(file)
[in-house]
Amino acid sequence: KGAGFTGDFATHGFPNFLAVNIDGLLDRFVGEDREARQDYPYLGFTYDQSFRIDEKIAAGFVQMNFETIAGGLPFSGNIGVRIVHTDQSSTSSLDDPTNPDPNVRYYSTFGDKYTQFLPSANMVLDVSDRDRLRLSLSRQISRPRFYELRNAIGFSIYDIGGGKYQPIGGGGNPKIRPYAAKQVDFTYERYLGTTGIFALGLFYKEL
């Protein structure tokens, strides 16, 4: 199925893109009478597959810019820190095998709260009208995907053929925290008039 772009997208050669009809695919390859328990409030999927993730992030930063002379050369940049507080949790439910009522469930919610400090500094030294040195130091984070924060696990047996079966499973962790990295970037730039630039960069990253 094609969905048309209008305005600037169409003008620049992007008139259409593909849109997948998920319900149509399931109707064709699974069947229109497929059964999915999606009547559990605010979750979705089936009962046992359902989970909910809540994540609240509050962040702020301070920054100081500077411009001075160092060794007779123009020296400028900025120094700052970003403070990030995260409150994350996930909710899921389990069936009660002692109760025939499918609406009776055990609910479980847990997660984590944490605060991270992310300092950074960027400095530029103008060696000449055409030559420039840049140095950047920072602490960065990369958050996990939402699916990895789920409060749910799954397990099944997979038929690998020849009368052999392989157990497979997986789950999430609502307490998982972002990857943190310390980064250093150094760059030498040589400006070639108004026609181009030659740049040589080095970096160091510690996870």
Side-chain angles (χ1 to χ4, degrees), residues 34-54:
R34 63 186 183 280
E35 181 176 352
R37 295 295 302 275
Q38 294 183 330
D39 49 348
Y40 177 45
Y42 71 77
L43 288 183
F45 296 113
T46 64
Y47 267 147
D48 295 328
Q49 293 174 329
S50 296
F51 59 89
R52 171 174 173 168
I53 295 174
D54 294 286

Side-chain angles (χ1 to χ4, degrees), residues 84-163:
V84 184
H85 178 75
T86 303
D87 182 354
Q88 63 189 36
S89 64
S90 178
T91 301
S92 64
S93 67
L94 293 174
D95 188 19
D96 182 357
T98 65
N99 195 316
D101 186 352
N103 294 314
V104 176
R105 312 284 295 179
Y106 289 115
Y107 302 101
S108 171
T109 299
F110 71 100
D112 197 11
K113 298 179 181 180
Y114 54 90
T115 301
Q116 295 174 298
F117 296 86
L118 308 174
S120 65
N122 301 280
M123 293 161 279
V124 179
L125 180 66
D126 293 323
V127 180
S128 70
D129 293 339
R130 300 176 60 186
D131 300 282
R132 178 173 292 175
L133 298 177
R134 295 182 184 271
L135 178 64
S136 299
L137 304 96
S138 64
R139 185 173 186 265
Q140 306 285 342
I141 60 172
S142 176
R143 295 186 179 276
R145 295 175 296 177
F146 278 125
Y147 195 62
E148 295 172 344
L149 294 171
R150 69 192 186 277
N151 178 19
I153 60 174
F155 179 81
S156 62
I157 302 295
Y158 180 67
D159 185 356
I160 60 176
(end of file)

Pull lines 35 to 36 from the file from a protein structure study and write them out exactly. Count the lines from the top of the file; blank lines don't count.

D95 188 19
D96 182 357